Building alteration and redevelopment play a central role in the revitalization of developed cities, where the scarcity of available land limits the construction of new buildings. The adaptive reuse of existing space reflects the underlying socioeconomic dynamics of the city and can be a leading indicator of economic growth and diversification. However, the collective understanding of building alteration patterns is constrained by significant barriers to data accessibility and analysis. We present a data mining and knowledge discovery process for extracting, analyzing, and integrating building permit data for more than 2,500,000 alteration projects from seven major U.S. cities. We utilize natural language processing and topic modeling to discover the thematic structure of construction activities from permit descriptions and merge with other urban data to explore the dynamics of urban change.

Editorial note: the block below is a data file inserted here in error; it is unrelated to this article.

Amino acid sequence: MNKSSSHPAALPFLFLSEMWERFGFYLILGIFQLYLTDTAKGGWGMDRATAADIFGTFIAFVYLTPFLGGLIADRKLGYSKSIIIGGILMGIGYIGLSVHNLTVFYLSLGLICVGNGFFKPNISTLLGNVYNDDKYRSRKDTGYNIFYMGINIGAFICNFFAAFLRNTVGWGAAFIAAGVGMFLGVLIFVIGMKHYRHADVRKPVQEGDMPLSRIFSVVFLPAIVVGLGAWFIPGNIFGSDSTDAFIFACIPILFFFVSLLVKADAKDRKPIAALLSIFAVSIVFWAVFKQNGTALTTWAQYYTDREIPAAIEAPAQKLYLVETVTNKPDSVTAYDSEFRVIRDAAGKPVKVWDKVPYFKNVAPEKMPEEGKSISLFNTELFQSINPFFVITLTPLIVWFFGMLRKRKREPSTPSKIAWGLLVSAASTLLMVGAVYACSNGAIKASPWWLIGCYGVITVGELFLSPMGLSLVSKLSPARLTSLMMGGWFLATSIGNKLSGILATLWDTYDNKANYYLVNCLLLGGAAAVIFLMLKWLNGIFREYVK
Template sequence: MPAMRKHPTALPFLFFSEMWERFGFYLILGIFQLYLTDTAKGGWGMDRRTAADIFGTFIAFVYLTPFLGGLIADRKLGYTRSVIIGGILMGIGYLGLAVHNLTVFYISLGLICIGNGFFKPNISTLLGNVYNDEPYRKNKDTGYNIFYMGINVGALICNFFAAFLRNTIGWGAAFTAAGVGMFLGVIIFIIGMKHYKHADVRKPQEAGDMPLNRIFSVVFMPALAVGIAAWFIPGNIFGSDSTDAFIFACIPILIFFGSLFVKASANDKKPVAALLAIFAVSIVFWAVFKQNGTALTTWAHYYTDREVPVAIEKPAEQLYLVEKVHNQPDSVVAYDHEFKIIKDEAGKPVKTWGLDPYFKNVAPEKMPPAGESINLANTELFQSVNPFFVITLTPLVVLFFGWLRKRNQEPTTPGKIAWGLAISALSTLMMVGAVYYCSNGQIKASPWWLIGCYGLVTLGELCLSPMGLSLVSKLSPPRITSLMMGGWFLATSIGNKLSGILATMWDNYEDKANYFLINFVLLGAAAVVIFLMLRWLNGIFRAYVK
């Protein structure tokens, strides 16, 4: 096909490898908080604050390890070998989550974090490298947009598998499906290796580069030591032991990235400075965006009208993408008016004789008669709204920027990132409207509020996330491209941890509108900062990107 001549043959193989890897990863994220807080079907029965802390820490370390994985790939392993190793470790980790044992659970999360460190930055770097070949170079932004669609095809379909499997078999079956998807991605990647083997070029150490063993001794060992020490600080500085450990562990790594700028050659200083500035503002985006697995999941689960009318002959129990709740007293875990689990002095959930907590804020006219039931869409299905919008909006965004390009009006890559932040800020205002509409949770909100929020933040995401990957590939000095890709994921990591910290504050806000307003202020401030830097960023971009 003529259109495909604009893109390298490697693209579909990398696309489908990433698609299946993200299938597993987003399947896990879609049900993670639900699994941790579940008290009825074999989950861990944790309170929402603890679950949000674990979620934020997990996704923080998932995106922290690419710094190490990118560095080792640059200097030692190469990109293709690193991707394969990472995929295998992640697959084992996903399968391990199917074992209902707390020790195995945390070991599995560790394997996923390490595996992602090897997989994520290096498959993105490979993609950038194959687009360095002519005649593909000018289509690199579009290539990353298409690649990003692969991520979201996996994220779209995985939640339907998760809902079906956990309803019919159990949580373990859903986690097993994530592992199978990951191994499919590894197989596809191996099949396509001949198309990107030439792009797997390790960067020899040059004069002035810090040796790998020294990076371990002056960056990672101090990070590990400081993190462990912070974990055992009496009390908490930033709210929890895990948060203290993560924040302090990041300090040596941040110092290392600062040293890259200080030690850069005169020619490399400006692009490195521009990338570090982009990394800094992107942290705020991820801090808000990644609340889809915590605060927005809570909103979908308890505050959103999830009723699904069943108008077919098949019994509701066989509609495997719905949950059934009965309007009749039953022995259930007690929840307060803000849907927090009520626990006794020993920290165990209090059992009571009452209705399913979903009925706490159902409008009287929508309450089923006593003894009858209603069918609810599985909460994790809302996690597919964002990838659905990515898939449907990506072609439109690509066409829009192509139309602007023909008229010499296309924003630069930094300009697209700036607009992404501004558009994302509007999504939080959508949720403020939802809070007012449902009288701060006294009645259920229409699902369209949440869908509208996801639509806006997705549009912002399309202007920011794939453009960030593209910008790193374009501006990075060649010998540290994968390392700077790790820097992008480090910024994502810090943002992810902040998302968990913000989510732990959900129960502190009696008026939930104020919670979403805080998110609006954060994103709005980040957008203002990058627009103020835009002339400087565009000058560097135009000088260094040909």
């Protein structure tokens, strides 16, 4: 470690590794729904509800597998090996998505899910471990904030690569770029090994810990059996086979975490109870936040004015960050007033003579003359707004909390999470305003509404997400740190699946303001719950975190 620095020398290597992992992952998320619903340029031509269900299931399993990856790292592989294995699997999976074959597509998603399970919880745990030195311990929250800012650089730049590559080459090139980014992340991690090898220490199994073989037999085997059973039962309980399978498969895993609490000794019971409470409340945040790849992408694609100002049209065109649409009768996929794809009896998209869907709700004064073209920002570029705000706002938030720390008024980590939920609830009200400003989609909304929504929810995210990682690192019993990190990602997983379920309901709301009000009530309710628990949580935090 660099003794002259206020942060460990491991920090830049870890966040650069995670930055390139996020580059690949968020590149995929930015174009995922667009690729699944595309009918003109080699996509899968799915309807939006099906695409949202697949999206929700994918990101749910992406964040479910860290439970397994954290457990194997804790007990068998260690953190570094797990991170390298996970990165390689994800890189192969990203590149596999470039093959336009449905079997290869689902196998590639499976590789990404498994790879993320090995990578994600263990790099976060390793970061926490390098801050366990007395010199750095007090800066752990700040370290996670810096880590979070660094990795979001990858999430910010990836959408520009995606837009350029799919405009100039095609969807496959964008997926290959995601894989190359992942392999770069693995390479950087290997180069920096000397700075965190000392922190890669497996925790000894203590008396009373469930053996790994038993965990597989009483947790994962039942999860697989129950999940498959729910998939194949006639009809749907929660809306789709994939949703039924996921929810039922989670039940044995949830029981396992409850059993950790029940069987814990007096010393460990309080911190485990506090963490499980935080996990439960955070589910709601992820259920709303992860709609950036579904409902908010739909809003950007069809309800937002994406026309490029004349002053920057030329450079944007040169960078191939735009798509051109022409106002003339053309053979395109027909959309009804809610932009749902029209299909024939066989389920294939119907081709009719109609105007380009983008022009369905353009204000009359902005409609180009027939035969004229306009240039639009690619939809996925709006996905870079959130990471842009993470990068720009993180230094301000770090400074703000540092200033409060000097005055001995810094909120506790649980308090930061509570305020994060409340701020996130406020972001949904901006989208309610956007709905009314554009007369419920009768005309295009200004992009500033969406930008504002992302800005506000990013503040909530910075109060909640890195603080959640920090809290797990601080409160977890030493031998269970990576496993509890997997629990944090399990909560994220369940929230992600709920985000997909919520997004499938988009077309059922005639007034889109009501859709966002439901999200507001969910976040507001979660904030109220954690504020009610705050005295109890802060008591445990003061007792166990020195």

The knowledge discovery process proceeds in three steps: (1) text mining to identify popular words, popularity change, and their co-appearance likelihood; (2) topic modeling using latent Dirichlet allocation (LDA); and (3) integrating the topic modeling output with building information and ancillary data to discover the spatial, temporal, and thematic patterns of urban redevelopment and regeneration. The results demonstrate a generalizable approach that can be used to analyze unstructured text data extracted from permit records across varying database structures, permit typologies, and local contexts. Our machine learning methodology can assist cities to better monitor building alteration activity, analyze spatiotemporal patterns of redevelopment, and more fully understand the economic, social, and environmental implications of changes to the urban built environment.
The full research “Topic modeling to discover the thematic structure and spatial-temporal patterns of building renovation and adaptive reuse in cities” has been published on Computers, Environment and Urban Systems.
Figure: Simplex plots and maps visualize thematic patterns of building alterations.